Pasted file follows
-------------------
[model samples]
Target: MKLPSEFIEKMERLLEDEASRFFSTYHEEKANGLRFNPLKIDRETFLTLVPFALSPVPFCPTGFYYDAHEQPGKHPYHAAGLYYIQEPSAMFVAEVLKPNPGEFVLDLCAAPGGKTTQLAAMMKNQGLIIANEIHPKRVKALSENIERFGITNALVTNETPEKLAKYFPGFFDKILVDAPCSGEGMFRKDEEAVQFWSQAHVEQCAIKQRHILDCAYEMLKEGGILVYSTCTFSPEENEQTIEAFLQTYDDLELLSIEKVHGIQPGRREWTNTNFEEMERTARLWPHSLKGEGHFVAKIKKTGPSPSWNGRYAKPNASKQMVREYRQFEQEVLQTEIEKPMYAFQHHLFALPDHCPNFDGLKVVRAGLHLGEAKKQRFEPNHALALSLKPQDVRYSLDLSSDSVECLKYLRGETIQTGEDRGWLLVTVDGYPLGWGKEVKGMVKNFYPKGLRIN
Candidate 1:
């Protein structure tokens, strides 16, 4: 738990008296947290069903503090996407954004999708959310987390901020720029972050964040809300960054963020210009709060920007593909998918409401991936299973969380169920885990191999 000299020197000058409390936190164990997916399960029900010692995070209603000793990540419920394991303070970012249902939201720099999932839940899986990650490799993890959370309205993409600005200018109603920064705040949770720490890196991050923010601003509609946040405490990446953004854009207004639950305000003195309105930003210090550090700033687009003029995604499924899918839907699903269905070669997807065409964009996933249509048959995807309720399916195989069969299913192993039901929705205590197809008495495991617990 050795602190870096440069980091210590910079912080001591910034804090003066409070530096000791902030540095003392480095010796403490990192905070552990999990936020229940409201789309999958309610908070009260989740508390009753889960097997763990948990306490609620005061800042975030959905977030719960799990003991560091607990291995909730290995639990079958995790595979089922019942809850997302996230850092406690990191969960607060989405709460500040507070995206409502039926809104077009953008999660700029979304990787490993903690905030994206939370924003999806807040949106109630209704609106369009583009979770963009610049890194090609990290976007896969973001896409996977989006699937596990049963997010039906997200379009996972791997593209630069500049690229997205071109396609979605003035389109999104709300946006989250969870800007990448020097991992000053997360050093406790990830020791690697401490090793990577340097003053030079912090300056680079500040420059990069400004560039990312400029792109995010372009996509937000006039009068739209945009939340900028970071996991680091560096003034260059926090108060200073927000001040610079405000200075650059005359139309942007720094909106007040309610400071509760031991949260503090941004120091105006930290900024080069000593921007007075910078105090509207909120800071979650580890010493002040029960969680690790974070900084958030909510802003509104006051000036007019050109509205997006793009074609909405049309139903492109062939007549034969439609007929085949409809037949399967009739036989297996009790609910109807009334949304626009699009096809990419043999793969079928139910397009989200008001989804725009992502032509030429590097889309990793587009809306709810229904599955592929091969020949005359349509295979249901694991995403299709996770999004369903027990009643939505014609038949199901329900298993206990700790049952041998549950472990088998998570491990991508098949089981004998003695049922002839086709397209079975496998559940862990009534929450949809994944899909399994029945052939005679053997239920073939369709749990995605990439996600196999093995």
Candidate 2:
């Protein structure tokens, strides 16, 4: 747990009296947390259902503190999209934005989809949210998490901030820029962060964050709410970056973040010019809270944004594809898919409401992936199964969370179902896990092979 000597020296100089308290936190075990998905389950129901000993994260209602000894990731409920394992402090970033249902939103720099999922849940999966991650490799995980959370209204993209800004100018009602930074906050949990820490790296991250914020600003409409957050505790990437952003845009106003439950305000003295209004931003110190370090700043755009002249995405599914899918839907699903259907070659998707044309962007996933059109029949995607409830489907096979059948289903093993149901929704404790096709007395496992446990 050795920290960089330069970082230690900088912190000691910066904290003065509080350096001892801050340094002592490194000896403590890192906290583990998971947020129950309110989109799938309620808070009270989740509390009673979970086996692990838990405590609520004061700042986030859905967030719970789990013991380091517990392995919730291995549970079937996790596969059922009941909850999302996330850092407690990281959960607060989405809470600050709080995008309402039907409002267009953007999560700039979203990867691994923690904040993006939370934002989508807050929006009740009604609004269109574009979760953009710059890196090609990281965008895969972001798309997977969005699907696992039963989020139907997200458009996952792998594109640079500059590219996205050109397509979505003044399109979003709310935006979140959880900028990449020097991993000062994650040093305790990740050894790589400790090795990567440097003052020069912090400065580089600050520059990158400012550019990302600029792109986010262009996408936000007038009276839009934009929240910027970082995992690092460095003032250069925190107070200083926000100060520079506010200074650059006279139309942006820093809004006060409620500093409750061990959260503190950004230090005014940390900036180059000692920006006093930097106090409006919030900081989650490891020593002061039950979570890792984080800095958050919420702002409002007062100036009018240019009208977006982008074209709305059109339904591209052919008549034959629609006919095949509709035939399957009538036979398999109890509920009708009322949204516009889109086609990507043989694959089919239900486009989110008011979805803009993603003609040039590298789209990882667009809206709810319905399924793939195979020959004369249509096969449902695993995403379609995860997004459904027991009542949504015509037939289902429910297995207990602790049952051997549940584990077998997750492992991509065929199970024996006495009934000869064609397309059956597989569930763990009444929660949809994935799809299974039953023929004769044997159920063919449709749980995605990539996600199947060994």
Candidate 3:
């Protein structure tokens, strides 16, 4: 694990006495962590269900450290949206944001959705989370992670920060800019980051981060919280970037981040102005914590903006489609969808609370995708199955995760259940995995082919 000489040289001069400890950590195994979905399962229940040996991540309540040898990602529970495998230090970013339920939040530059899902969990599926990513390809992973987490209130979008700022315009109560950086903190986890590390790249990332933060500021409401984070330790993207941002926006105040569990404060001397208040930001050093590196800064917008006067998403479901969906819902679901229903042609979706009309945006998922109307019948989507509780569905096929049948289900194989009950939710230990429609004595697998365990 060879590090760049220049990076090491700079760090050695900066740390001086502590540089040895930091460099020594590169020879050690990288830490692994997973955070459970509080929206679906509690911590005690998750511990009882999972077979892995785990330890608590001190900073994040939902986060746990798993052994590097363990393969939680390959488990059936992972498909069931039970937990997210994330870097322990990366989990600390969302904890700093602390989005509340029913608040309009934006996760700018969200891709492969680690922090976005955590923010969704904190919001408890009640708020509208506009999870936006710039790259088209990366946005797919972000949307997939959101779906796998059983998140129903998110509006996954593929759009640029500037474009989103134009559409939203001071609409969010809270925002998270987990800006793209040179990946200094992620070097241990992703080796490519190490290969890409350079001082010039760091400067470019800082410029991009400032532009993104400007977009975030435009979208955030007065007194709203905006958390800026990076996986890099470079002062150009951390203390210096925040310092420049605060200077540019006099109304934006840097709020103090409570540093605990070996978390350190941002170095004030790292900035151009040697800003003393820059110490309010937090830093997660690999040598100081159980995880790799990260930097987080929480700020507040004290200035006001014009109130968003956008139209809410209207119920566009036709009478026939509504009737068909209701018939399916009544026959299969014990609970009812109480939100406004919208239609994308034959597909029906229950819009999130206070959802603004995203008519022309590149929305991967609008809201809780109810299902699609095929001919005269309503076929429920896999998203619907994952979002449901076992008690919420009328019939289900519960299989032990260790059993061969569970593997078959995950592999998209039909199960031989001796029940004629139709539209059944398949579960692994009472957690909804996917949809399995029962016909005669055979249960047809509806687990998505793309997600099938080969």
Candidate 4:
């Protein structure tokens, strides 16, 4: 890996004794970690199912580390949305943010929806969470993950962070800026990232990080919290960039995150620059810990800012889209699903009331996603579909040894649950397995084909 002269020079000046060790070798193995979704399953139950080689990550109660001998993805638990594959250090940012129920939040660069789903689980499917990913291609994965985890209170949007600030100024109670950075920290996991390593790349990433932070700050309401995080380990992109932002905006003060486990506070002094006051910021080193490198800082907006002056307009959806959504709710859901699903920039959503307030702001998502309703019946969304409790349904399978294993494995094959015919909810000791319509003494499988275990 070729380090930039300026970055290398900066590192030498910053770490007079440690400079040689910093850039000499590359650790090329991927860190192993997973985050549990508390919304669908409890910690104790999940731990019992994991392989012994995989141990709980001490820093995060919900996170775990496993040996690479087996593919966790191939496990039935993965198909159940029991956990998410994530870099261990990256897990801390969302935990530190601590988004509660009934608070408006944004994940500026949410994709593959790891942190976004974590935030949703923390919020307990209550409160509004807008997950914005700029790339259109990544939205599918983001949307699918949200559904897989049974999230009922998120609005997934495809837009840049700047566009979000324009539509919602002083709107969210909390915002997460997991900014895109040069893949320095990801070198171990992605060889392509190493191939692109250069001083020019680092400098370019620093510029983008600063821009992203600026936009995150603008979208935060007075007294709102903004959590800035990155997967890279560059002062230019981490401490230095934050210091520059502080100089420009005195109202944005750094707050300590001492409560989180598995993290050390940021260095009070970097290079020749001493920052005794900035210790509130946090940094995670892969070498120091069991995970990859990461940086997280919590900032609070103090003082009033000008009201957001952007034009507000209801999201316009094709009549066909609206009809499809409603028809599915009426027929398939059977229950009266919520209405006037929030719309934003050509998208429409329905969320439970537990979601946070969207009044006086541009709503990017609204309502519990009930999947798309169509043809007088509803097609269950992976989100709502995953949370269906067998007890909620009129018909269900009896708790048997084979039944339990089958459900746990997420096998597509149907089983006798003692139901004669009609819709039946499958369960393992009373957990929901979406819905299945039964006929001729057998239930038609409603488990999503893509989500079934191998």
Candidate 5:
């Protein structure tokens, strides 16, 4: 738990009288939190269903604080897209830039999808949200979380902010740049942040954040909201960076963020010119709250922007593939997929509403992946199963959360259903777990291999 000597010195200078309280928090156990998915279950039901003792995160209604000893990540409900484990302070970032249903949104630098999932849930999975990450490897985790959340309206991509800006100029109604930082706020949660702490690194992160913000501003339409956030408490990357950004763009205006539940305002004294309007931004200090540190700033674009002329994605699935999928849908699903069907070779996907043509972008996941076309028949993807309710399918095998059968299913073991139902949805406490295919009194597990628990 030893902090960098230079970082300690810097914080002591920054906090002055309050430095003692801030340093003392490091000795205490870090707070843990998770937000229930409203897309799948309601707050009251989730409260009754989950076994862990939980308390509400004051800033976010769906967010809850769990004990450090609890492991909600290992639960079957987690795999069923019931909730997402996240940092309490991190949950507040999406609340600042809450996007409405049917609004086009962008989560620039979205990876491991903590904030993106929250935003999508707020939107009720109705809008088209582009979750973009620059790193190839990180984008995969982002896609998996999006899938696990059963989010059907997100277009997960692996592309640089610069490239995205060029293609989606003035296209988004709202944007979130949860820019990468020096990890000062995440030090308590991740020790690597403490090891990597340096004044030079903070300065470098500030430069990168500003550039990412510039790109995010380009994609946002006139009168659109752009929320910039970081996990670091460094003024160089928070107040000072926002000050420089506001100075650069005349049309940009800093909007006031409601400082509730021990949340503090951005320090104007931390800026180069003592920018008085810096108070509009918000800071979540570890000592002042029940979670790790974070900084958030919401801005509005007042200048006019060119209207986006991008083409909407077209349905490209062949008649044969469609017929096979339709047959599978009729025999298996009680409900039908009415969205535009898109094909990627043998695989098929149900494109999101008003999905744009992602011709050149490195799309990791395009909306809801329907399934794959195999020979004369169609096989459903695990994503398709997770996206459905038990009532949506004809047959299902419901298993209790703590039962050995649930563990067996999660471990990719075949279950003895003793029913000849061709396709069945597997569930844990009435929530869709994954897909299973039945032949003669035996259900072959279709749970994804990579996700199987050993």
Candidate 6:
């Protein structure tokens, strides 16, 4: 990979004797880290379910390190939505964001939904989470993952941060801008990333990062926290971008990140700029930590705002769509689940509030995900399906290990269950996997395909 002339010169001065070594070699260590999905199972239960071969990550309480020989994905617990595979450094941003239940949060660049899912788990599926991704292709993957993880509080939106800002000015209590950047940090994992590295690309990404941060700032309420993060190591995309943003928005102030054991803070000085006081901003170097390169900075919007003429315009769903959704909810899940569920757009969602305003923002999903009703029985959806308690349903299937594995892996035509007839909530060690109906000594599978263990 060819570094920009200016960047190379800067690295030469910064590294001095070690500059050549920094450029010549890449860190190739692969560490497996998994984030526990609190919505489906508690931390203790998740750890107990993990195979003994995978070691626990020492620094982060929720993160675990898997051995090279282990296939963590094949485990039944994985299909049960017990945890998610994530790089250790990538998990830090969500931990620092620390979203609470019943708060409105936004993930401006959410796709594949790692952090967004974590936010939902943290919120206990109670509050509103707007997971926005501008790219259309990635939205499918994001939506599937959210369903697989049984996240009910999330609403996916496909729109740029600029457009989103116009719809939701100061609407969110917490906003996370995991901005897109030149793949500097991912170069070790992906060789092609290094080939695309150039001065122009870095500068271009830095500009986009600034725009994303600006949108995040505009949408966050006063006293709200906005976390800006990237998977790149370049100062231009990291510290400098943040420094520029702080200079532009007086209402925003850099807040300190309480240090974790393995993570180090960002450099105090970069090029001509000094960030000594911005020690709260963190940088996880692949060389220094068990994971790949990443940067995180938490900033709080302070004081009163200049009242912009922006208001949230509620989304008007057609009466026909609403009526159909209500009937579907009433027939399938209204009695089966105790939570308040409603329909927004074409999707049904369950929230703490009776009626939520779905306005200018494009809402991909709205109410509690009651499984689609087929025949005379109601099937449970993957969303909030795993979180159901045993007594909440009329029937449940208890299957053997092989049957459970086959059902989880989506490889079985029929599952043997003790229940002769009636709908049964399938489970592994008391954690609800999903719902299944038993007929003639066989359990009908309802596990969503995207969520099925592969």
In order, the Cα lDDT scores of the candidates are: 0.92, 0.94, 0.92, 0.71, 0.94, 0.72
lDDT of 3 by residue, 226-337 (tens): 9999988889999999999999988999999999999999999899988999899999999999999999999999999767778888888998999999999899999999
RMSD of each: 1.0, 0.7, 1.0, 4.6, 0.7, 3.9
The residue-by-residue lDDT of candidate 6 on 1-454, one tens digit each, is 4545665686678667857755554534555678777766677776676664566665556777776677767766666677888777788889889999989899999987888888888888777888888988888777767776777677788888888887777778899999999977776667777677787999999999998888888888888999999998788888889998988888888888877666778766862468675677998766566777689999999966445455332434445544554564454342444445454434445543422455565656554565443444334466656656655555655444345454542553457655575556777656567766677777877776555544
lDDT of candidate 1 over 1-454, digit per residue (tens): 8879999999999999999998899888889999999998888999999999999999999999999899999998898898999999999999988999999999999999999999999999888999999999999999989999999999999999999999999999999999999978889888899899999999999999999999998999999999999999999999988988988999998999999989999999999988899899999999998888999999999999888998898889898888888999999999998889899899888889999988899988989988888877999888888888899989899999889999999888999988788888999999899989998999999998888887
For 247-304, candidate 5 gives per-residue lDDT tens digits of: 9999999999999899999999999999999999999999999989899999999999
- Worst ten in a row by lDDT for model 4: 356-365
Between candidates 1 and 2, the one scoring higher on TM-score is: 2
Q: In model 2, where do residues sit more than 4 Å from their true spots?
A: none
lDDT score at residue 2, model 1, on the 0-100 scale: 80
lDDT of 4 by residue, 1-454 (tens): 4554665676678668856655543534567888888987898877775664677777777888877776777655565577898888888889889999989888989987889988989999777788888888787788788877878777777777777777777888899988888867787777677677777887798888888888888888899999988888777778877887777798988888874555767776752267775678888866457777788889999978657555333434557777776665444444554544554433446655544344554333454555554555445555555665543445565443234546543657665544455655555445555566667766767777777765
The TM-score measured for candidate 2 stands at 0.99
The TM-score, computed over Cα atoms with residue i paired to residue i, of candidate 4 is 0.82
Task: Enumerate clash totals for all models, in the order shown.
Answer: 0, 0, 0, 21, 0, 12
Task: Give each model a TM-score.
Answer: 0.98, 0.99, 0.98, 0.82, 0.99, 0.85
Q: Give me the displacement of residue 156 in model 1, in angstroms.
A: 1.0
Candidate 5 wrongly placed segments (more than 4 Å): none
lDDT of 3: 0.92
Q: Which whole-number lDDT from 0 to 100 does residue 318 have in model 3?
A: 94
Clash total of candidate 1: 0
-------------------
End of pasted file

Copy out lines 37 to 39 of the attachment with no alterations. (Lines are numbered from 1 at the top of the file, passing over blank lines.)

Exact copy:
Q: Which whole-number lDDT from 0 to 100 does residue 318 have in model 3?
A: 94
Clash total of candidate 1: 0